The Inhale-Exhale of the Faith

The Inhale-Exhale of the Faith October 6, 2014

Screen Shot 2014-10-04 at 1.26.14 PMIn the 80s and 90s more and more churches took on board “spiritual disciplines” and began to teach and develop programs about spiritual disciplines. The primary movers of this movement were Richard Foster (Celebration of Discipline) and Dallas Willard (The Spirit of the Disciplines).  Any number of books and programs flow from these two authors, including Renovare and the Transforming Center here in Chicagoland with Ruth Haley Barton.

Without minimizing the importance of the disciplines (I have a book called Praying with the Church that comes out of this movement), these disciplines tell one half of the story and, I believe, the second half. The first half is the church and the second half the individual and the spiritual disciplines of prayer and fasting and contemplation and silence are individualistic transformational disciplines.

What we need are projects that focus on the disciplines of a church life, and my colleague David Fitch is writing such a book. But there is one who has paved the way, and this book too comes from the missional movement and from its emphasis on incarnational living in a postmodern, post Christendom world.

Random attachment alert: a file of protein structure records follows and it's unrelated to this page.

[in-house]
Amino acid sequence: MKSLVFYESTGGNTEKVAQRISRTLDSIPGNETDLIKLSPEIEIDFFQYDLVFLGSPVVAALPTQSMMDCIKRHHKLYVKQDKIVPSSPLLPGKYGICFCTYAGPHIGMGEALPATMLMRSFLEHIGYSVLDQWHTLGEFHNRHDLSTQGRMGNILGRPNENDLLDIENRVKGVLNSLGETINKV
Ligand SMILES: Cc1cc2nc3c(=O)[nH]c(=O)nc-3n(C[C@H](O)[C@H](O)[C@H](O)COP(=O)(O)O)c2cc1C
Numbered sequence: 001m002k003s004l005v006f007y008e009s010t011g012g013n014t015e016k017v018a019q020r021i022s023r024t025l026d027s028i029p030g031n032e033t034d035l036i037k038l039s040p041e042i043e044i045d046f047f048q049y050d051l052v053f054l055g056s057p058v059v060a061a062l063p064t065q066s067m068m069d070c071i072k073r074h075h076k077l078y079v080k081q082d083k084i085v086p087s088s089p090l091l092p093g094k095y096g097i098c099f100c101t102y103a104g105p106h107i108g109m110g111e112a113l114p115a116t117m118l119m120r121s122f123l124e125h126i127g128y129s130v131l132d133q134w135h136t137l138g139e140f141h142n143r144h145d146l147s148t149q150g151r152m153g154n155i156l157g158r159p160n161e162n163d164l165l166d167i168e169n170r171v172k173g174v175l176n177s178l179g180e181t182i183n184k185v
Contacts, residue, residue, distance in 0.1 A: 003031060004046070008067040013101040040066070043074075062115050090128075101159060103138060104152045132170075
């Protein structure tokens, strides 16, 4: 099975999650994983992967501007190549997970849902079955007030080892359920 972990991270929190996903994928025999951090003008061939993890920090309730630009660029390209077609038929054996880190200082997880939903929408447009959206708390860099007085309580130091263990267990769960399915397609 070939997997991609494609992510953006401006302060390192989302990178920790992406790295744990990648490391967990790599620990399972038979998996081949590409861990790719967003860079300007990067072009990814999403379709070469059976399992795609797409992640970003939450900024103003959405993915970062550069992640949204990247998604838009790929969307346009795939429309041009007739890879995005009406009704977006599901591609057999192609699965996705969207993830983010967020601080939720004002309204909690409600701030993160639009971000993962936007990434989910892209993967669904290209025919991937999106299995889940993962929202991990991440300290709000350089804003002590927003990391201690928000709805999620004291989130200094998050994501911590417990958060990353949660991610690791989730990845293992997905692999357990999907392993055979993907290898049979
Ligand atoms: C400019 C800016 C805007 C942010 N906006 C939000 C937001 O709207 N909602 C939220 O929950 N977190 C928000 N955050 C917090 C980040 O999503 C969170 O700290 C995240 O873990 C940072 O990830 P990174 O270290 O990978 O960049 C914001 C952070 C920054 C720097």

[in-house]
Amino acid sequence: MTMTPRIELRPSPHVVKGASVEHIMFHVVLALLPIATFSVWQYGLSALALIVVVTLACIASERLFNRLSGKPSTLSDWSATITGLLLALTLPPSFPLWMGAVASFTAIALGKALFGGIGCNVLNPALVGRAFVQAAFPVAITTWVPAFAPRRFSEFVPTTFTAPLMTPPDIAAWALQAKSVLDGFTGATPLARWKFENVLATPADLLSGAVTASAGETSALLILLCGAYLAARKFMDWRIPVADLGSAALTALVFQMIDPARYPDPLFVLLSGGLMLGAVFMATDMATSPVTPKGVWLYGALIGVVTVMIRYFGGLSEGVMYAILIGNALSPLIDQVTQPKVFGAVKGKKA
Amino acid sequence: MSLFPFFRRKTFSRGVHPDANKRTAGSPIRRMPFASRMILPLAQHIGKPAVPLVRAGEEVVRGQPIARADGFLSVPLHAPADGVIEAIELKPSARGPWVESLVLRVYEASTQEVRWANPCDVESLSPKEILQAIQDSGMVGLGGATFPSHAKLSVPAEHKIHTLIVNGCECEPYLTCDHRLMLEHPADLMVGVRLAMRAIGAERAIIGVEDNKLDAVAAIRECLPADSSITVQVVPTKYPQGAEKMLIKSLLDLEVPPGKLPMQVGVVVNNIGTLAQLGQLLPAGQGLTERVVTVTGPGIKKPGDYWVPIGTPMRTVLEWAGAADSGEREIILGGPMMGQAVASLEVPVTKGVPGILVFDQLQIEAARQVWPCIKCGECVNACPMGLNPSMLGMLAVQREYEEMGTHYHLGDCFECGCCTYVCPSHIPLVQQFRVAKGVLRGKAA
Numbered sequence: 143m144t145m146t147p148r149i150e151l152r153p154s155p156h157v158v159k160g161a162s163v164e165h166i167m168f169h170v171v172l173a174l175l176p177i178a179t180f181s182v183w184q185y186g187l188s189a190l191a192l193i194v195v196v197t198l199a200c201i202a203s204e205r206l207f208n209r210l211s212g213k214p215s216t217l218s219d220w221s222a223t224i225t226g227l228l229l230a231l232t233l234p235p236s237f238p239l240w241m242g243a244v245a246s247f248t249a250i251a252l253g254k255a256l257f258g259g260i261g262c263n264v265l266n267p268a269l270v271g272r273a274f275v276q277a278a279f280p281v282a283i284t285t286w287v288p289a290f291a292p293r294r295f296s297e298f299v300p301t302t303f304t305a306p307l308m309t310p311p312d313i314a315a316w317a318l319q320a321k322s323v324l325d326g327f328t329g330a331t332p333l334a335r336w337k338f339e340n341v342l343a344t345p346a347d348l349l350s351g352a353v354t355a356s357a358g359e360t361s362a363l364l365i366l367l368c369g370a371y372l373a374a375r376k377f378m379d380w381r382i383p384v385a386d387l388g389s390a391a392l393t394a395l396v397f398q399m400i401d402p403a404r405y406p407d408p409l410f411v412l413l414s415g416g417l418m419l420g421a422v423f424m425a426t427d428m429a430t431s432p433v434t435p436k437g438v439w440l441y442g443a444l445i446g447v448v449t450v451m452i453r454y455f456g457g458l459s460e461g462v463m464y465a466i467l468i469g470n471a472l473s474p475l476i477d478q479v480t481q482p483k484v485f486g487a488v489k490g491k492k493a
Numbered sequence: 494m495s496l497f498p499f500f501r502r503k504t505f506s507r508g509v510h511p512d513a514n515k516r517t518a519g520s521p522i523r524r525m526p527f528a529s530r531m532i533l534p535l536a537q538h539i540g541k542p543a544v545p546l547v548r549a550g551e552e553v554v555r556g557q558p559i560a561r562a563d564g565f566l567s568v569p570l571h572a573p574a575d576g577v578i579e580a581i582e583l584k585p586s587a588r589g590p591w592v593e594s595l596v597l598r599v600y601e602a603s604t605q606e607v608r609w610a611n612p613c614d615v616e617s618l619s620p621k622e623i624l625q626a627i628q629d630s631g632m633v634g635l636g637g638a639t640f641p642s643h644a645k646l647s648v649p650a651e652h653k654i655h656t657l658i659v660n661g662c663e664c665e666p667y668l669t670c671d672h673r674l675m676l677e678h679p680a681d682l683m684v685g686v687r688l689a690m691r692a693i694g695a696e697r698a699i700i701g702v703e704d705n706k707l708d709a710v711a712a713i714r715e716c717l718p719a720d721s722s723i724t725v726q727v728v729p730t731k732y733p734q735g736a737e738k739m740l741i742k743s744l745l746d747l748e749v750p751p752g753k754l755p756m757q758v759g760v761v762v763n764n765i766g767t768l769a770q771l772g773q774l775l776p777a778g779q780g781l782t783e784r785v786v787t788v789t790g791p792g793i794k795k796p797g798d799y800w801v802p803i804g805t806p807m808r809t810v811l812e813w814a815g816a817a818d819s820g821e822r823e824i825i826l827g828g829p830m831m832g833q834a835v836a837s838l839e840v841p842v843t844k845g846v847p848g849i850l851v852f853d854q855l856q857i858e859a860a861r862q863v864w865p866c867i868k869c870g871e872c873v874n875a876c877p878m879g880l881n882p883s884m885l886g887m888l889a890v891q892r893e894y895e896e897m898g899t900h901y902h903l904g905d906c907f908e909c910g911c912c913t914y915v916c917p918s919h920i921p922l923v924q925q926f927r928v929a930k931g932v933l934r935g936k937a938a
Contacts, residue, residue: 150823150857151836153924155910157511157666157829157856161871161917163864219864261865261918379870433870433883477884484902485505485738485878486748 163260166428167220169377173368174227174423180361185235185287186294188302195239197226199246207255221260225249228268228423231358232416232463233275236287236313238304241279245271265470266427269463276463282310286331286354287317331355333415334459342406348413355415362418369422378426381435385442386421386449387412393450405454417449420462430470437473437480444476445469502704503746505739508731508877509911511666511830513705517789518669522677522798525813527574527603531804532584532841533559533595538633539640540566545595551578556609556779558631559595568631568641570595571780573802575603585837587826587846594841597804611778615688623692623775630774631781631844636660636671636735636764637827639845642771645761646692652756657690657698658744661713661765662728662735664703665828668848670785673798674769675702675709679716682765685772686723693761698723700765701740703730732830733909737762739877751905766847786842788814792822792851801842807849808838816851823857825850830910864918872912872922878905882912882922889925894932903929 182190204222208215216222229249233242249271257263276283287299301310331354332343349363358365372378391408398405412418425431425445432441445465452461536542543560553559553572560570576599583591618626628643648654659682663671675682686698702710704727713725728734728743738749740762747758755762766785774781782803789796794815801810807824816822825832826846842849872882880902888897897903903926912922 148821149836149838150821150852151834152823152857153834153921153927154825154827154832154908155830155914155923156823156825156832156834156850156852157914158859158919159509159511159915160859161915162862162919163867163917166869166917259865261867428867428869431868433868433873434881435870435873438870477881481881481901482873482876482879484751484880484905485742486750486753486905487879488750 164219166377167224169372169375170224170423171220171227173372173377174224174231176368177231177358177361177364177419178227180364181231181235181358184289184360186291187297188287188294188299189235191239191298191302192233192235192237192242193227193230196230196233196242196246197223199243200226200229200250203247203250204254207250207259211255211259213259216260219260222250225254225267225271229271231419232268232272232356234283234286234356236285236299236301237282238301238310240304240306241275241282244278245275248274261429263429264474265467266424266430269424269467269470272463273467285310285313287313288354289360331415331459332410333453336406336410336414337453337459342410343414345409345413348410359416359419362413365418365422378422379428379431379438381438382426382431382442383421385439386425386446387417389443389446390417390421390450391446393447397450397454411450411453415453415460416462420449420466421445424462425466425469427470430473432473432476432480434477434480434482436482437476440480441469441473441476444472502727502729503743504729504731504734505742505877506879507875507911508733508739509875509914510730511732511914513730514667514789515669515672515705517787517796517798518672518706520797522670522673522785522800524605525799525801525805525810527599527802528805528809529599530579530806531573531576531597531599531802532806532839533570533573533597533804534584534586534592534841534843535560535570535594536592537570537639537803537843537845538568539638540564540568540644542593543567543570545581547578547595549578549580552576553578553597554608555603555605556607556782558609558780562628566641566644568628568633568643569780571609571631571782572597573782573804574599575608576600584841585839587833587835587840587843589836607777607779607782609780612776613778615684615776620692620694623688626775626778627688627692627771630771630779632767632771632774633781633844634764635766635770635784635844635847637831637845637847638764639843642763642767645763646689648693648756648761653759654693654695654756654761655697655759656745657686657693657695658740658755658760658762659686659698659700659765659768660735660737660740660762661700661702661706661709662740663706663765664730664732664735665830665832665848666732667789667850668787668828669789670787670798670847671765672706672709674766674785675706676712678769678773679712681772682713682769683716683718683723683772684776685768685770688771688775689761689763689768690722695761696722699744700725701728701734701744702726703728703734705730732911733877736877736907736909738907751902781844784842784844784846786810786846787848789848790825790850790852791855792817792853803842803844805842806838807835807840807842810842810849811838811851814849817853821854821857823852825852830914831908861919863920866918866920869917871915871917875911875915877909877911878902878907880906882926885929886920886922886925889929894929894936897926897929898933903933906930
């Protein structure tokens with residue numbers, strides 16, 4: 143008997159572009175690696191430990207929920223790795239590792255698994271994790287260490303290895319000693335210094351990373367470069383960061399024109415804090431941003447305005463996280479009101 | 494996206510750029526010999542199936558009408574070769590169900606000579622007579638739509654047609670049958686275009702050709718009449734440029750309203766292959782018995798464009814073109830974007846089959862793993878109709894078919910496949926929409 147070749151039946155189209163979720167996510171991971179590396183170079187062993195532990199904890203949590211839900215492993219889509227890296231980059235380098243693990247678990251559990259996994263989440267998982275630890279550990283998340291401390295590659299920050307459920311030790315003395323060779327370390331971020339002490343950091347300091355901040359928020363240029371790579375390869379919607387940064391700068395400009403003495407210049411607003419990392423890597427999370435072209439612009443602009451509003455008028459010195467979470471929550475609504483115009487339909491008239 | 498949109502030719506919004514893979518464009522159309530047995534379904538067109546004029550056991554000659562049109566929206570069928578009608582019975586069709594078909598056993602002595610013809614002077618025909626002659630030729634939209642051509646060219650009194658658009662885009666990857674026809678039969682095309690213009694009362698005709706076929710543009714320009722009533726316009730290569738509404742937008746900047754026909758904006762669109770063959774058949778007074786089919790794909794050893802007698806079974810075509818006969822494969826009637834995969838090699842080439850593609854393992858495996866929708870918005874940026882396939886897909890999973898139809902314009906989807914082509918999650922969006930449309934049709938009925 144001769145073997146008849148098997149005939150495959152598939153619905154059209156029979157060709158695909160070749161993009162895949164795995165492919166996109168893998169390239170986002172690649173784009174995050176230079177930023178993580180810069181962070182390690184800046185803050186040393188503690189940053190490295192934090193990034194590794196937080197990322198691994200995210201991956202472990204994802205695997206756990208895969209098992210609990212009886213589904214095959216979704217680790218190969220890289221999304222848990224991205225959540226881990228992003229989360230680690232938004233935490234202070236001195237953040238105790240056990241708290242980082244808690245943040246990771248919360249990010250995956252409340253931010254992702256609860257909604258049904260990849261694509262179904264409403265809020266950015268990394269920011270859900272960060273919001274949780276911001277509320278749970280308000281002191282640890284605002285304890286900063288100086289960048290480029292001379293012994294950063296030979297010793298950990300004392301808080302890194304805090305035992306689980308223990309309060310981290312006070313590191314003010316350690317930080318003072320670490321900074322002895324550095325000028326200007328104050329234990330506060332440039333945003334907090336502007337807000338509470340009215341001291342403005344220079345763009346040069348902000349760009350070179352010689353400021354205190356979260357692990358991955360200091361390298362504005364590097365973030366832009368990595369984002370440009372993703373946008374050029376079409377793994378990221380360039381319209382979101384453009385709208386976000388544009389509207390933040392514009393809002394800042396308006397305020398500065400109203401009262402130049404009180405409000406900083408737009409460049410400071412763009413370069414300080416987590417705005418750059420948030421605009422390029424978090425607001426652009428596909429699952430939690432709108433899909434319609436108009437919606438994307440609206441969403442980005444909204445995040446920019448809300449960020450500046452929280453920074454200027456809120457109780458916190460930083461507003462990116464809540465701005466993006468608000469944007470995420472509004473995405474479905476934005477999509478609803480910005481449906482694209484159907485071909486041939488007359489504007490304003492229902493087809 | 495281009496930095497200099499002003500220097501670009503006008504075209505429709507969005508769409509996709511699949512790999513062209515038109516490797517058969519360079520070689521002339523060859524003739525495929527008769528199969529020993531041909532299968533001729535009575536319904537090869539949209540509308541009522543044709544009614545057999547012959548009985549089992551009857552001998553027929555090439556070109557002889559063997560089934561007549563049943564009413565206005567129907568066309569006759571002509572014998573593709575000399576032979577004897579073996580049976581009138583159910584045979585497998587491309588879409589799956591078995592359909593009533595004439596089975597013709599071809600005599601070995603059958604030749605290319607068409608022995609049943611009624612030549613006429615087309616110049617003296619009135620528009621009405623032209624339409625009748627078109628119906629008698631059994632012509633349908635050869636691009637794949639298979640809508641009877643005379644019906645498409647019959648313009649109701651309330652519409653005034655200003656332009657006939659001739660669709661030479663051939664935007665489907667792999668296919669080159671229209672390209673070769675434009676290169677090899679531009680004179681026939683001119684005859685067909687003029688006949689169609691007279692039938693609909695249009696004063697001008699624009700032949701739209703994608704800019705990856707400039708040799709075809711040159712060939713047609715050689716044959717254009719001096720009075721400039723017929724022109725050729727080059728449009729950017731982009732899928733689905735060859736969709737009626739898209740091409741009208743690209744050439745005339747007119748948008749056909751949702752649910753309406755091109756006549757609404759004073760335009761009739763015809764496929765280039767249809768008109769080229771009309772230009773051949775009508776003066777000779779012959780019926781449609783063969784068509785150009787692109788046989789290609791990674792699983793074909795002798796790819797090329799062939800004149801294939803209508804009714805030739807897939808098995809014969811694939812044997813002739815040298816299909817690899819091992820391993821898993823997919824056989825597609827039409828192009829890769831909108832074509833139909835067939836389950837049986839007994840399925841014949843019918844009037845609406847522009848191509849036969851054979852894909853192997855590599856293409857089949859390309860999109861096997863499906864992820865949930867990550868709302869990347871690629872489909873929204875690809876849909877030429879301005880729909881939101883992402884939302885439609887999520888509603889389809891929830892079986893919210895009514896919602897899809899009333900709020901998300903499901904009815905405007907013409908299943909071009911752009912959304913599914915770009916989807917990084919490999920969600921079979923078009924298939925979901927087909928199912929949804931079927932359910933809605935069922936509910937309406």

We inhale spirituality or life with God and we exhale mission or life for the world. This is the simple claim of Barry D. Jones in his new “grammar” of the Christian life called Dwell: Life with God for the World. This book is accessible for church life but does not sacrifice intelligence in the process: Jones is both pastor and professor.

Jones covers important topics needed in every church that wants to be more missional in its practices: stories we live by, vandalizing God’s shalom, the presence of the Spirit, the way of Jesus, and the disciplines of prayer, corporate worship, sabbath rest, feasting and fasting, and peacemaking.

He knows the problems in the whole spirituality discussion today, and he focuses on two:

Narcissistic spirituality: an exclusive, or almost exclusive, attention to the inner life, the soul, the personal life, the therapeutic, and personal transformation. Yes, he admits, one of the dangers of genuine transformation and character development is self-absorption, but that is a danger and not innate to personal growth. He knows sometimes this becomes a quest for personal holiness that loses contact with the world.

Promethean spirituality: an exclusive, or almost exclusive, attention to spiritual or social activism. Here mission takes the place of God and he sees it as “missionalism” (from Gordon Macdonald). Kingdom loses contact with the missio Dei, or the mission of God. These people are out building and establishing the kingdom.

He advocates Vision, Practice and Context.


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